The next time someone in the mainstream media attempts to sell the Southern Poverty Law Center as a nonpartisan research group covering violence on all sides, this NBer will start asking exactly how many times the SPLC has covered left-wing violence.
Monday's announcement of FBI charges against a Christian militia rightfully drew attention from the national press. But some in the media couldn't help using it as a chance to promote partisan accusations. Within 48 hours of the charges brought public, both CNN and the Washington Post turned to the SPLC, with the former shamefully allowing the militia to be labeled a "patriot" group.
Too bad the SPLC wasn't around when House GOP Whip Eric Cantor received a death threat, or when a Republican office in Virginia was vandalized - both events covered by the Washington Post, but this time without any input from the SPLC.
First, let us read CNN's unquestioning coverage of the SPLC explaining that the Christian militia was a patriot group:
The Southern Poverty Law Center, an Alabama-based nonprofit organization that monitors hate groups and other fringe organizations, lists the Hutaree as a "Patriot" group militia.
"Generally, Patriot groups define themselves as opposed to the 'New World Order,' engage in groundless conspiracy theorizing or advocate or adhere to extreme anti-government doctrines," the center said in a report, "Rage on the Right: The Year in Hate and Extremism."
Rage on the Right? Sounds scary. But how do they define right-wing violence? A visit to the report's homepage reveals this handy little tidbit (emphasis mine):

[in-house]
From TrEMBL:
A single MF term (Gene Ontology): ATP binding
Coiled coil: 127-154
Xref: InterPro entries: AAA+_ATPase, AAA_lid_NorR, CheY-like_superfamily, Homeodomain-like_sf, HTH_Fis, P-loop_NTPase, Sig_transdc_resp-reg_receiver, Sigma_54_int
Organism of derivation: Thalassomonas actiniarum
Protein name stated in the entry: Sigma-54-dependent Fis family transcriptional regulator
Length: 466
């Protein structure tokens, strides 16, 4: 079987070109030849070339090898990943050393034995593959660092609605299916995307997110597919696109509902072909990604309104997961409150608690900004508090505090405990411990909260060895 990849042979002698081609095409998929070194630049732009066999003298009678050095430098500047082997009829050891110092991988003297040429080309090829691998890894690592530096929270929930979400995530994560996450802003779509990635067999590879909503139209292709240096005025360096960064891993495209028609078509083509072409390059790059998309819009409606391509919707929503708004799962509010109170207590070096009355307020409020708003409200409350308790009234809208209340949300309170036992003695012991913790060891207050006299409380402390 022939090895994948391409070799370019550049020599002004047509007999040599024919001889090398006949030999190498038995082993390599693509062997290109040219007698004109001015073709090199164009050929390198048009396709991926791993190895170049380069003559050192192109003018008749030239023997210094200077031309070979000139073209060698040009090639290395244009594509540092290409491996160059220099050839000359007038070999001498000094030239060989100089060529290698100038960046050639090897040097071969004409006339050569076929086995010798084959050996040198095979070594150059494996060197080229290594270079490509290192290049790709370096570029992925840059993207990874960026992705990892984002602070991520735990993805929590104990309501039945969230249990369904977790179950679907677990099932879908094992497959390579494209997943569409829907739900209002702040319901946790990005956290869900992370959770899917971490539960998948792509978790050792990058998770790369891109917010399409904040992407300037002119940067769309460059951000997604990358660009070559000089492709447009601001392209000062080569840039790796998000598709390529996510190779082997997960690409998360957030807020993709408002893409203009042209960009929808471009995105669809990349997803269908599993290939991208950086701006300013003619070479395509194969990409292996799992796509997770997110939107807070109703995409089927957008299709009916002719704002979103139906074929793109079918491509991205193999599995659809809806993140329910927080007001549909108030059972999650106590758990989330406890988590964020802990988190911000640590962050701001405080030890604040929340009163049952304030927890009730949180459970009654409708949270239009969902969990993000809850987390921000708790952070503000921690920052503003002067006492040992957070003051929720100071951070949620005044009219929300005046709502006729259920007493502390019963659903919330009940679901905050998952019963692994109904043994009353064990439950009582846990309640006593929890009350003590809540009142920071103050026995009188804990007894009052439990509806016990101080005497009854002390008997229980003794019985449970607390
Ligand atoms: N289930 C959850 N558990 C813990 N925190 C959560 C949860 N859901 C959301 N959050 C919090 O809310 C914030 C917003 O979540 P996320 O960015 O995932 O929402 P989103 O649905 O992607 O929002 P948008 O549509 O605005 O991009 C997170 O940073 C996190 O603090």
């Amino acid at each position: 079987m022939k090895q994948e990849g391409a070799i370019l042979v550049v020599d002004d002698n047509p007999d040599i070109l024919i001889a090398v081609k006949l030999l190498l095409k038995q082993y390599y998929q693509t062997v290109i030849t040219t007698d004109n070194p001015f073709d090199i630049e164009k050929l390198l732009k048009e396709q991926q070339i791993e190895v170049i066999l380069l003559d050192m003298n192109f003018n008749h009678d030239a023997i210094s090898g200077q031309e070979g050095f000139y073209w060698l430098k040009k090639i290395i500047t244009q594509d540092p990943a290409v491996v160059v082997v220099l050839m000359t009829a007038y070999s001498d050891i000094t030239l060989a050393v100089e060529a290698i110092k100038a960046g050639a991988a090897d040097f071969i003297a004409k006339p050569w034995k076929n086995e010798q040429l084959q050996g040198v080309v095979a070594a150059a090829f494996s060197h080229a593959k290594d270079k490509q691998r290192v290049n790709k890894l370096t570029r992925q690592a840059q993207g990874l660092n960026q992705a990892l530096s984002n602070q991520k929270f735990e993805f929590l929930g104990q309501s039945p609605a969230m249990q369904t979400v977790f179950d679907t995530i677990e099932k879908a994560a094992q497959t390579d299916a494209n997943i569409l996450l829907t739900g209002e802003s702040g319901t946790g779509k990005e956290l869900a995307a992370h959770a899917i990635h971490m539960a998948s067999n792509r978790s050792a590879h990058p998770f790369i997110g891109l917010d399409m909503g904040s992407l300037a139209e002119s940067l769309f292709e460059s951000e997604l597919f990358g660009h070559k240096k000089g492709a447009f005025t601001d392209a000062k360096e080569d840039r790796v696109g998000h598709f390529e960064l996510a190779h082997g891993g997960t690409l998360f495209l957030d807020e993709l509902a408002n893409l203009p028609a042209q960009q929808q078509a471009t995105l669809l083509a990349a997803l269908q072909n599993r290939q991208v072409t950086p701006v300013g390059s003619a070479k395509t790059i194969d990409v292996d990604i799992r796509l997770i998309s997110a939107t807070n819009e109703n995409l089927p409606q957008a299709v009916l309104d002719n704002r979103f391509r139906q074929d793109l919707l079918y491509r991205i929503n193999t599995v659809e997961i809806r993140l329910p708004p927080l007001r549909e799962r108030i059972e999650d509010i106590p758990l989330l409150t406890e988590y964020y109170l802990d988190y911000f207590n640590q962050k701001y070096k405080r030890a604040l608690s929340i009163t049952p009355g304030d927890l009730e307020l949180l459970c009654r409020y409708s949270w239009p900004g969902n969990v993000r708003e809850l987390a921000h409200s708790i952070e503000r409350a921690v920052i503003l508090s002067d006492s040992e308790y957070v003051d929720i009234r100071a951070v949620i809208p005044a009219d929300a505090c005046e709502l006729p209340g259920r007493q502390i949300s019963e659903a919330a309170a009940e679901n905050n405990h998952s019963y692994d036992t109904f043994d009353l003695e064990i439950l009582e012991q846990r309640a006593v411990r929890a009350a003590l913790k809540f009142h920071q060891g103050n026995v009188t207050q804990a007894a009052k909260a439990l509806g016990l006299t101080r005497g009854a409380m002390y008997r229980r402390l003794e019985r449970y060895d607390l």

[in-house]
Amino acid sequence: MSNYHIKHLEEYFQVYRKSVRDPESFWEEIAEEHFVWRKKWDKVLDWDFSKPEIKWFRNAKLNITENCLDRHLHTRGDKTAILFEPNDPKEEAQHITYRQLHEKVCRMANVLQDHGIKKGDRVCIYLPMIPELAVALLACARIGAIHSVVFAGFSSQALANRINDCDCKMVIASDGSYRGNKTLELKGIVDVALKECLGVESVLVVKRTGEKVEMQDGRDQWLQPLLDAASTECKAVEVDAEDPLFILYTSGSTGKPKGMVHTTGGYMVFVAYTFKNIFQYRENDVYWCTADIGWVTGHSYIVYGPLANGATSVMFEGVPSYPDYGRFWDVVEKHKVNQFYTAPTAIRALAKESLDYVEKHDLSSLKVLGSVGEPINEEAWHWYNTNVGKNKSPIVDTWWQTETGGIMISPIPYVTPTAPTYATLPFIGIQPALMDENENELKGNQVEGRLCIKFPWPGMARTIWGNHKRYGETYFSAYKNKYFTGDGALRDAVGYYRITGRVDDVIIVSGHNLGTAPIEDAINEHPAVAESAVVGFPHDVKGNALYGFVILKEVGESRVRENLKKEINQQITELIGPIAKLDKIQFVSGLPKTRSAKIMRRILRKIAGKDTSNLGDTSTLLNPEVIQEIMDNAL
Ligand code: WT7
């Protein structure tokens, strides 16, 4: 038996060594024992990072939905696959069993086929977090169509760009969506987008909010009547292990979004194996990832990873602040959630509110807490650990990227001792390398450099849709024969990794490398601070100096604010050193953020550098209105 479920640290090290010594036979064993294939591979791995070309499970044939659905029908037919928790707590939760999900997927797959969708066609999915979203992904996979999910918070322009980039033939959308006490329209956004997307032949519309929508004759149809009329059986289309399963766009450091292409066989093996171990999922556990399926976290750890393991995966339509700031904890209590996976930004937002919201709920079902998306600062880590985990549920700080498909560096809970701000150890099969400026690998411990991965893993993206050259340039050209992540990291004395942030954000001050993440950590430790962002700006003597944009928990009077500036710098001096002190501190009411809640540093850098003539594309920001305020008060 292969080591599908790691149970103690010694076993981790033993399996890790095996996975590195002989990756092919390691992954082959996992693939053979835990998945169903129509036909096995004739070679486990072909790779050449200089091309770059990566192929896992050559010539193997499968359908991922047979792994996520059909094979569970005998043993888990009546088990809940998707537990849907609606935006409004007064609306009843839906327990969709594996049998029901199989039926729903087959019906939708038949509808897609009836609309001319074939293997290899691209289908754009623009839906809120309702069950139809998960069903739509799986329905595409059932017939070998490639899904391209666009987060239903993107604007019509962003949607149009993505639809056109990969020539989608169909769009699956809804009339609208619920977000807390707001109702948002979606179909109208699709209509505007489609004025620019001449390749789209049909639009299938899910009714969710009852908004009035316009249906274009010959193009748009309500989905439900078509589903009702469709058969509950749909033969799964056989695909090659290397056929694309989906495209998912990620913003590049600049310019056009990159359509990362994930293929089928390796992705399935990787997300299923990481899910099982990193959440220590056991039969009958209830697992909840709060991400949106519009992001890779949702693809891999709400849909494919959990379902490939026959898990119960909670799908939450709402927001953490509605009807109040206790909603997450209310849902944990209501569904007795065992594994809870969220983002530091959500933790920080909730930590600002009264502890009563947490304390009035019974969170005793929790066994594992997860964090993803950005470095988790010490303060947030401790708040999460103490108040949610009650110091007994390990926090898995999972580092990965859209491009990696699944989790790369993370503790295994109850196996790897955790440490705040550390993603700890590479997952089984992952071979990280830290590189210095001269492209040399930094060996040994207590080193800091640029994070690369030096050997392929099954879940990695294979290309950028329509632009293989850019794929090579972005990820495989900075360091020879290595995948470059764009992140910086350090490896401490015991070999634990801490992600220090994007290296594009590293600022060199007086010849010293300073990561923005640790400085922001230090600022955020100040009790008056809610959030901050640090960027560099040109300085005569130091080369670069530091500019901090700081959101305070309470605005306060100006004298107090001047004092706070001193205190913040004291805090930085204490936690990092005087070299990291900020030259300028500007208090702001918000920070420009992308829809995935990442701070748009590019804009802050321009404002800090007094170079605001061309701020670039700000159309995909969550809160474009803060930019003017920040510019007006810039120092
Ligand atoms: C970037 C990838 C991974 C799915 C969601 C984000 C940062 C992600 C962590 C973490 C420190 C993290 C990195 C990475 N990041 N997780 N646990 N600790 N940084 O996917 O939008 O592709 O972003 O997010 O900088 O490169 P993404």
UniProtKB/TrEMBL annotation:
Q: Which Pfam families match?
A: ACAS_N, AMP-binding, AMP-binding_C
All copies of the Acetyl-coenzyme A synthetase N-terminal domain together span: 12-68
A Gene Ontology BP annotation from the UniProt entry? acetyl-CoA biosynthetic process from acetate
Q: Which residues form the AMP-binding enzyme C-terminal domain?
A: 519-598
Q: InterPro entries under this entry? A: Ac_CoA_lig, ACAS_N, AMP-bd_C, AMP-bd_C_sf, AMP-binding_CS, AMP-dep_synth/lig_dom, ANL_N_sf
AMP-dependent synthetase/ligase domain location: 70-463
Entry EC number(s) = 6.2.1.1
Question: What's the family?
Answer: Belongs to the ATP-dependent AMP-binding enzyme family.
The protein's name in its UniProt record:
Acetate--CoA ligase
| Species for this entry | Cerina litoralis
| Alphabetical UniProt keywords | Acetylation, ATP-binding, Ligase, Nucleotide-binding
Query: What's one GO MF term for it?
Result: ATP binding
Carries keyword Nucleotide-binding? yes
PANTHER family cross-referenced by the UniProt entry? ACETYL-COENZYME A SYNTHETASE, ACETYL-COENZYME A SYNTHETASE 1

The anger seething across the American political landscape - over racial changes in the population, soaring public debt and the terrible economy, the bailouts of bankers and other elites, and an array of initiatives by the relatively liberal Obama Administration that are seen as "socialist" or even "fascist" - goes beyond the radical right. The "tea parties" and similar groups that have sprung up in recent months cannot fairly be considered extremist groups, but they are shot through with rich veins of radical ideas, conspiracy theories and racism.
So the entire TEA party movement is not extremist per se but "shot through" with all kinds of nasty things. This is what CNN considers expert analysis from a fair-minded group. How convenient that sentence did not make it to the CNN article.
Amazingly though, that wasn't the biggest whopper from the report:
And, most remarkably of all, so-called "Patriot" groups - militias and other organizations that see the federal government as part of a plot to impose "one-world government" on liberty-loving Americans - came roaring back after years out of the limelight.
Wait a second. Fear of a one world government is strictly found on the right? And such ideas were out of the "limelight" for years?
The SPLC must have been pulling a Rip Van Winkle back in 2009 when far-left anarchists had violent clashes with police at the G20 summit in Pittsburgh. On September 24 of that year, CNN reported on business owners forced to close because they were "more afraid of the protestors" after intense violence in London and Seattle. The SPLC did not appear in that report to condemn angry "radical ideas" from anarchists.